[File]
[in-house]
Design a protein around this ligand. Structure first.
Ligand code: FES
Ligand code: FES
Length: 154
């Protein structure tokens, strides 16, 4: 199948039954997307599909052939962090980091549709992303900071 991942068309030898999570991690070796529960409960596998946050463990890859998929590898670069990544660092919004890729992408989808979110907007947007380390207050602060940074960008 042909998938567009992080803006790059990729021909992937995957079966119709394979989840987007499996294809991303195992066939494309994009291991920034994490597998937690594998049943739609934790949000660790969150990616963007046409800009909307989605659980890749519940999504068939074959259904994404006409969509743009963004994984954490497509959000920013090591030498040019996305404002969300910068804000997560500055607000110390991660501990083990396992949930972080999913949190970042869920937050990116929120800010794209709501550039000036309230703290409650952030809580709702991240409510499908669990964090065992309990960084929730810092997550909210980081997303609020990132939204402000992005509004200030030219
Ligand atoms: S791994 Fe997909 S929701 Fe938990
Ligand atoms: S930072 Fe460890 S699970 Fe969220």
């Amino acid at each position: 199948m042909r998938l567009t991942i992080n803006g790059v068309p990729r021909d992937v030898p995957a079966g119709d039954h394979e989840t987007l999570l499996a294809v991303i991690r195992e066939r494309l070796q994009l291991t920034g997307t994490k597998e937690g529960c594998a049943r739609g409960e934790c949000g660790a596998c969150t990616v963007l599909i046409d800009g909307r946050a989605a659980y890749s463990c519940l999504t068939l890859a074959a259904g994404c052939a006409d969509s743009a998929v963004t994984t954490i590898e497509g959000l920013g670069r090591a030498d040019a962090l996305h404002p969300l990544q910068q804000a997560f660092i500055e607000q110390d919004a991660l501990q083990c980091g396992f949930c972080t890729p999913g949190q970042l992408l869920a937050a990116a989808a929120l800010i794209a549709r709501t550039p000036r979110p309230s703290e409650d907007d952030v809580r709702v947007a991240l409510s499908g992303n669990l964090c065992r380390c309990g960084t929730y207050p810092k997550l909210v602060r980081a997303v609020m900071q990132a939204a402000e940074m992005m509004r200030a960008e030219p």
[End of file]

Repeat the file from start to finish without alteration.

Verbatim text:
[in-house]
Design a protein around this ligand. Structure first.
Ligand code: FES
Ligand code: FES
Length: 154
């Protein structure tokens, strides 16, 4: 199948039954997307599909052939962090980091549709992303900071 991942068309030898999570991690070796529960409960596998946050463990890859998929590898670069990544660092919004890729992408989808979110907007947007380390207050602060940074960008 042909998938567009992080803006790059990729021909992937995957079966119709394979989840987007499996294809991303195992066939494309994009291991920034994490597998937690594998049943739609934790949000660790969150990616963007046409800009909307989605659980890749519940999504068939074959259904994404006409969509743009963004994984954490497509959000920013090591030498040019996305404002969300910068804000997560500055607000110390991660501990083990396992949930972080999913949190970042869920937050990116929120800010794209709501550039000036309230703290409650952030809580709702991240409510499908669990964090065992309990960084929730810092997550909210980081997303609020990132939204402000992005509004200030030219
Ligand atoms: S791994 Fe997909 S929701 Fe938990
Ligand atoms: S930072 Fe460890 S699970 Fe969220």
């Amino acid at each position: 199948m042909r998938l567009t991942i992080n803006g790059v068309p990729r021909d992937v030898p995957a079966g119709d039954h394979e989840t987007l999570l499996a294809v991303i991690r195992e066939r494309l070796q994009l291991t920034g997307t994490k597998e937690g529960c594998a049943r739609g409960e934790c949000g660790a596998c969150t990616v963007l599909i046409d800009g909307r946050a989605a659980y890749s463990c519940l999504t068939l890859a074959a259904g994404c052939a006409d969509s743009a998929v963004t994984t954490i590898e497509g959000l920013g670069r090591a030498d040019a962090l996305h404002p969300l990544q910068q804000a997560f660092i500055e607000q110390d919004a991660l501990q083990c980091g396992f949930c972080t890729p999913g949190q970042l992408l869920a937050a990116a989808a929120l800010i794209a549709r709501t550039p000036r979110p309230s703290e409650d907007d952030v809580r709702v947007a991240l409510s499908g992303n669990l964090c065992r380390c309990g960084t929730y207050p810092k997550l909210v602060r980081a997303v609020m900071q990132a939204a402000e940074m992005m509004r200030a960008e030219p």